Visit Our Sponsors
Much of radio frequency identification (RFID) hype has existed around the possibilities in the retail environment, managing store inventory more effectively, and driving consumer decisions, but RFID also enables accelerated accurate warehouse operations.
As costs associated with RFID tags decrease, manufacturers and distributors will face increased pressure from retail customers as well as competitors to adopt this technology. As with many technologies, RFID can generate disproportionate ROI for early movers relative to those that wait.
RFID is composed of a tag (on the item) and a reader. The tag is composed of a processor and antenna. Tags can be active and use a battery or passive and use power from the reader. The reader can be handheld or stationary and can vary in size and strength based on purpose. Tags can be on hang tags or embedded in items. Items can be given a unique fingerprint to be tracked individually. Primary warehouse benefits are: reading many items simultaneously, doing so without line of sight, and tracking the direction product is moving (e.g., coming off or going on a truck).
RFID can suffer readability issues due to product density, material, or packing alignment. Not all products are ripe for RFID but those that are can experience significant speed advantages in warehouse processing.
While it's true that the majority of RFID ROI comes in the retail environment rather than in the warehouse, the benefits of RFID permeate through the supply chain and can help improve allocation efforts, buy-online-pickup-in-store ability, ship-from-store operations, inventory levels, vendor compliance, and labor spend.
In the Warehouse
Speed and understanding are the promises of RFID in warehouses and DCs. Inventory accuracy is typically so high that warehouses can’t improve much, but they can improve in the speed of process activities and understanding of each process step and each shipment: speed of inbound receiving RFID-enabled product, speed of conducting cycle counts, and speed of outbound processing. The other promise is understanding how an organization can better understand error rates, conduct root-cause analysis, and challenge chargeback rates using RFID scan data.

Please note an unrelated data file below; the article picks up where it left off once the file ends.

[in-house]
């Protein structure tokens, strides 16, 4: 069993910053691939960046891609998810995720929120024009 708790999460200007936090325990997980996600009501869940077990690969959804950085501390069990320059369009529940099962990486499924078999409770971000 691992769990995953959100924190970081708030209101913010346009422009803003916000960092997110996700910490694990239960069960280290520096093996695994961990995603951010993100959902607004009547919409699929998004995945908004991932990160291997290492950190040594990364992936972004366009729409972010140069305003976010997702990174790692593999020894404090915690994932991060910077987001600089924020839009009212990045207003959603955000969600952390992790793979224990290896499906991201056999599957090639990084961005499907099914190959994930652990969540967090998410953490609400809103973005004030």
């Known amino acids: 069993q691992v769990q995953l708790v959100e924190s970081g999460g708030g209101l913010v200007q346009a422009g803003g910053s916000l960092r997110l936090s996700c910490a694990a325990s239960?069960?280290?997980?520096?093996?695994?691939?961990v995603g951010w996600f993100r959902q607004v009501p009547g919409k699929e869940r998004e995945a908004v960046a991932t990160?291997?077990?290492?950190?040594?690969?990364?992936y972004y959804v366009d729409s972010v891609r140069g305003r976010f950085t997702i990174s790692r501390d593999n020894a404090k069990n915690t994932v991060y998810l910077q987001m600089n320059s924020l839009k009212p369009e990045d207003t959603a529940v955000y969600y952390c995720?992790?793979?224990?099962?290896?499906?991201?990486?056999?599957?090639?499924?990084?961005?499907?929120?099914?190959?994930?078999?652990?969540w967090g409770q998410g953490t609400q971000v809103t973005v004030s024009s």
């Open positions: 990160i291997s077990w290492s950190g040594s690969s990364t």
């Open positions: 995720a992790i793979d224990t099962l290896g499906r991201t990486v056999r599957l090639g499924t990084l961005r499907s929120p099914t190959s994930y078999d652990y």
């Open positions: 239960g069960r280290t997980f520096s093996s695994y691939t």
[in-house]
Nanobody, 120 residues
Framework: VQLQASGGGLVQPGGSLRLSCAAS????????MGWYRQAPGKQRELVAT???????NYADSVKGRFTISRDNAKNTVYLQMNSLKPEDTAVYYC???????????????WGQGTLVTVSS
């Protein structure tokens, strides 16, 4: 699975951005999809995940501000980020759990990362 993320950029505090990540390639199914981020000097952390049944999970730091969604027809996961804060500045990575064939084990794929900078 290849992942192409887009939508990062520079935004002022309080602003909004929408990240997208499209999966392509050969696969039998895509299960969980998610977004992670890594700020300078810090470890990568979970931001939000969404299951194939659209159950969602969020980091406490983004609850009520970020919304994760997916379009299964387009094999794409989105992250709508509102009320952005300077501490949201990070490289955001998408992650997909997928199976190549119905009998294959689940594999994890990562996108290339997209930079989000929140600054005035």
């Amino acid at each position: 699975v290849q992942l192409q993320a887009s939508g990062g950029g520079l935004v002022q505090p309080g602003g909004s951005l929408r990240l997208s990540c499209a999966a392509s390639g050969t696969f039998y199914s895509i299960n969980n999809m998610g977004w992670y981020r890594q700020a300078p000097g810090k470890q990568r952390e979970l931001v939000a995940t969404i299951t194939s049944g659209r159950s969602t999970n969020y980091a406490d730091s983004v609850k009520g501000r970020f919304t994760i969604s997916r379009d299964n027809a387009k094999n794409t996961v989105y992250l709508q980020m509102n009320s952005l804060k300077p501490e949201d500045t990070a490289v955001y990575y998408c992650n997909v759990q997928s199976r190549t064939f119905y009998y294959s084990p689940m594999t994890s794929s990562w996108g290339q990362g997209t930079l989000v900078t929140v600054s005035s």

Inbound improvements. With the correct integration and familiarity with RFID products, materials can be offloaded onto a truck, pass through a reader and be received into inventory in a matter of seconds.
Processing improvements. Can locate specific individual products, find lost products, and can QC cartons faster.
Outbound improvements. Can capture errors at the carton level before assembling pallets and at the pallet level before shipping out the door.
Integrations. RFID can be integrated with ERP, WMS, WCS, etc. Benefits can be realized with an isolated pilot, but ROI does compound as integrations increase.
Enabling technology. RFID functions well as a stand-alone technology, but there are emerging technologies that pair well with RFID, such as blockchain, where RFID events can act as a trigger to begin the process of adding a block or edge computing as RFID can create very large data sets very quickly; therefore, the cost of functioning a fully cloud-based architecture may become prohibitively high.
RFID will increase in popularity; the price has decreased enough to justify usage, supporting technologies are emerging, and the retail environment is demanding it for the customer experience and revenue improvements that can be realized. However, testing a pilot or implementing a large-scale RFID program is no easy endeavor and must take into consideration the full organizational ecosystem, and it requires buy-in from all levels. The rewards, though, are new capabilities not possible today.
Jon Wood is senior consultant, supply chain management, with InfoSys Consulting.
Enjoy curated articles directly to your inbox.